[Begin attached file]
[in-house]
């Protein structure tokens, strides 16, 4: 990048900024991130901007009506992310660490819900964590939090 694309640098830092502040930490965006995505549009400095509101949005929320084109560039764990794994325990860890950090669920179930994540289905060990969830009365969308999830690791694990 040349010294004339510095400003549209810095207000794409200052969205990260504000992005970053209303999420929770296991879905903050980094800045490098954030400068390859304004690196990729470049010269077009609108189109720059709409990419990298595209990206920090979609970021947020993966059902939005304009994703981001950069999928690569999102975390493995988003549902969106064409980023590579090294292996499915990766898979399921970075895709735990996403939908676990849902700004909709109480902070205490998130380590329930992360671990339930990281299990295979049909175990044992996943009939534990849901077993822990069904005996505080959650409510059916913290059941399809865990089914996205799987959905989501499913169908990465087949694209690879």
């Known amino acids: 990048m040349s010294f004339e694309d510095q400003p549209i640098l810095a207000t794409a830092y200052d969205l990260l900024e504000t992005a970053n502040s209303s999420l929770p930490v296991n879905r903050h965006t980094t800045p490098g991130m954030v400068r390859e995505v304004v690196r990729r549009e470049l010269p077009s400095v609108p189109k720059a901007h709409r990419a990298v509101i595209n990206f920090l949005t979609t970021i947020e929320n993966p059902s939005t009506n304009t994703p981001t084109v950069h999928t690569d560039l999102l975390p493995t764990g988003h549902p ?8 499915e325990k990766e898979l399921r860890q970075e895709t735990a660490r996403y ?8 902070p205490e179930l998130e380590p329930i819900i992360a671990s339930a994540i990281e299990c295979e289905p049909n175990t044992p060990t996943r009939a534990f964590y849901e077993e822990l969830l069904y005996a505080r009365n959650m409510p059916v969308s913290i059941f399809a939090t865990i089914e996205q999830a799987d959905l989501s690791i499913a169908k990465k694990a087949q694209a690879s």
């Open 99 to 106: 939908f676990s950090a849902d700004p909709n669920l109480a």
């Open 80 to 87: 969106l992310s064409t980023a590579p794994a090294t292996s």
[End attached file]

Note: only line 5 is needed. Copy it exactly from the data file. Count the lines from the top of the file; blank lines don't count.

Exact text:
């Open 80 to 87: 969106l992310s064409t980023a590579p794994a090294t292996s």